The SEC wants corporate America to tell investors more about cybersecurity breaches and what’s being done to fight them
The Securities and Exchange Commission wants corporate America to tell investors more about cybersecurity breaches and what’s being done to fight them. Much more.
The SEC is scheduled to vote today on rules that would require public companies to disclose “material” cybesecurity breaches within four days after a determination that an incident was material.
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The SEC says it is necessary to collect the data to protect investors. Corporate America is pushing back, claiming that the short announcement period is unreasonable, and that it would require public disclosure that could harm corporations and be exploited by cybercriminals.
If adopted, the final rules will become effective 30 days following publication of the release in the Federal Register.
Current cybersecurity rules are fuzzy
Current rules on when a company needs to report a cybersecurity event are fuzzy. Companies have to file an 8-K report to announce major events to shareholders, but the SEC believes that the reporting requirements for reporting a cybersecurity event are “inconsistent.”
In addition to requiring public companies to disclose cybersecurity breaches within four days, the SEC wants additional details to be disclosed, such as the timing of the incident and the material impact on the company. It will also require disclosure of management expertise on cybersecurity.
The pushback from corporate America sounds strikingly similar to the pushback from many of the other rulemaking proposals SEC Chair Gary Gensler has made or proposed: too much.
“The SEC is calling for public disclosure of considerably too much, too sensitive, highly subjective information, at premature points in time, without requisite deference to the prudential regulators of public companies or relevant cybersecurity specialist agencies,” the Securities Industry and Financial Markets Association (SIFMA), an industry trade group, said in a letter to the SEC.
The most prominent industry concerns are:
- Four days is too short a period. SIFMA and others claim that four days denies companies time to first focus on remediating and mitigating the impacts of any incident.
- Premature public disclosure could harm companies. The NYSE, on behalf of its listed companies, has written to the SEC saying that corporations should be allowed to delay public disclosures in two circumstances: 1) pending remediation of the incident, and 2) if law enforcement determines that a disclosure will interfere with a civil or criminal investigation.
The proposed rule allows the Attorney General to delay reporting if the AG determines that immediate disclosure would pose a substantial risk to national security.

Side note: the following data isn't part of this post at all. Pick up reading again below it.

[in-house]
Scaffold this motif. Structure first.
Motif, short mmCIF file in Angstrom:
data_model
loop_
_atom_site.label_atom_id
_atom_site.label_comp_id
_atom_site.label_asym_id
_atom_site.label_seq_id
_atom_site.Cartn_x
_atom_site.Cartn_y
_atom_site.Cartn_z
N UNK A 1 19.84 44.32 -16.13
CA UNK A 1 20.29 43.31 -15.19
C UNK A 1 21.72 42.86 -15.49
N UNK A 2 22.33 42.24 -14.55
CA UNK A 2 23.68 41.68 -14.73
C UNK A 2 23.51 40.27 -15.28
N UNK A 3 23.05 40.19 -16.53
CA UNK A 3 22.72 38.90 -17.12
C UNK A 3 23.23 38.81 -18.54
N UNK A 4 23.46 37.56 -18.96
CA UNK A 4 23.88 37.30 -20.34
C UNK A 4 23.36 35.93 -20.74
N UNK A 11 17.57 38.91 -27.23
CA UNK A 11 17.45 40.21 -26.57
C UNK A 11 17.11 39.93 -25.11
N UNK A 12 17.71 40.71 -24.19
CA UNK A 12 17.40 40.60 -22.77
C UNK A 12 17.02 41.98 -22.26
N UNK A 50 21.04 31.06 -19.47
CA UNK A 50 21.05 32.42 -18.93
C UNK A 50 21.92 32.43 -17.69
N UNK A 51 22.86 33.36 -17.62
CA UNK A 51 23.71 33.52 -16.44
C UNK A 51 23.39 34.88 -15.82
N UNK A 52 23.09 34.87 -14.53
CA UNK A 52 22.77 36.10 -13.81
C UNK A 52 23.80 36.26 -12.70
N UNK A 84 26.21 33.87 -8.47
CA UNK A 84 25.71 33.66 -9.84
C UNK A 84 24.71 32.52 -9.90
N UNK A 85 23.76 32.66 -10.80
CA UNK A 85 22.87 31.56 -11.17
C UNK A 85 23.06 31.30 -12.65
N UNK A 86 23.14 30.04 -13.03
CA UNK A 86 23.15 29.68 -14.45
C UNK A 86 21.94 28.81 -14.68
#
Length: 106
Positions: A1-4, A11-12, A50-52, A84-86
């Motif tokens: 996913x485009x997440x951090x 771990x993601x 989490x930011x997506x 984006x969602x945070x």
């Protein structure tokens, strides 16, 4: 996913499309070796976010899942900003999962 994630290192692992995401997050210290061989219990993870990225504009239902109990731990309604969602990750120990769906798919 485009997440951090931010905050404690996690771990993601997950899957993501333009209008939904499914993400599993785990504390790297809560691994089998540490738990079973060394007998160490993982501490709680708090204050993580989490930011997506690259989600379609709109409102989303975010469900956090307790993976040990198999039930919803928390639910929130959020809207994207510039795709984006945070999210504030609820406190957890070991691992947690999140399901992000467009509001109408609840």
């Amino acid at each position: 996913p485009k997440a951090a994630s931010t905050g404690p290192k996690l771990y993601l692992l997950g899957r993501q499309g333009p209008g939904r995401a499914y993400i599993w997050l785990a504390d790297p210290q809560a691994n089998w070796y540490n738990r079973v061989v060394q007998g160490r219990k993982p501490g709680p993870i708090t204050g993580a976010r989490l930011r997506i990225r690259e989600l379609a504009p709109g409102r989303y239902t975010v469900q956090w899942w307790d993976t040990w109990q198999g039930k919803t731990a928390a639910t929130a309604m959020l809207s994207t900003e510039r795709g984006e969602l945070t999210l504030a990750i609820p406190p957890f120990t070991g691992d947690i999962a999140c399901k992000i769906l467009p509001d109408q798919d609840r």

“Premature public disclosure of an incident without certainty that the threat has been extinguished could provide bad actors with useful information to expand an attack,” Hope Jarkowski, NYSE Group general counsel, said in the letter.
Nasdaq, in a separate letter to the SEC, agrees, noting that “the obligation to disclose may reveal additional information to an unauthorized intruder who may still have access to the company’s information systems at the time the disclosure is made and potentially further harm the company.”
Concerns about duplicate reporting
Another concern is overlapping regulations. Many public companies already have procedures in place to share critical information about cyber incidents with other federal agencies, including the FBI.
The lead agency that deals with cybersecurity is the Cybersecurity and Infrastructure Security Agency (CISA) in the Department of Homeland Security. Under legislation passed last year, CISA is adopting cybersecurity rules that require “critical infrastructure entities,” which would include financial institutions, to report cyberbreaches within three days to CISA.
This would conflict with the SEC’s four-day rule, and would also create duplicate reporting requirements.
All this goes to the central issue of who should be regulating cybersecurity. ”The Commission is not a prudential cybersecurity regulator for all registrants,” SIFMA said.
What is the SEC trying to accomplish?
Cybersecurity is only a small part of the more than 50 proposed rules Gensler has out for consideration, nearly 40 of which are in the Final Rule stage.
If there is an underlying theme behind much of Gensler’s extensive rulemaking agenda, it is “disclosure.” More disclosure about cybersecurity, board diversity, climate change and dozens of other issues.
“Gensler is claiming he wants more transparency and thinks that will protect investors,” Mahlet Makonnen, a principal at Williams & Jensen, told me.
“The fear the industry has is that the data collected will put unnessary burdens on industry, does not actually protect investors, and that the data can be used to grow the aggressive enforcement tactics under Gensler,” she said.
“The more information they have, the more the SEC can determine if there are any violations of rules and regulations. It allows them to expand enforcement actions. The SEC will say they have broad authority to protect investors, and the disclosures can be used to expand the enforcement actions.”
Another long-time observer of the SEC, who asked to remain anonymous, agreed that the ultimate goal of stepped up disclosure is to expand the SEC’s enforcement power.
“It will enable the SEC to claim they are protecting investors, and it will enable them to ask Congress for more money,” the observer told me.
“You don’t get more money from Congress by asking for money for market structure. You get more money by claiming you are protecting grandma.”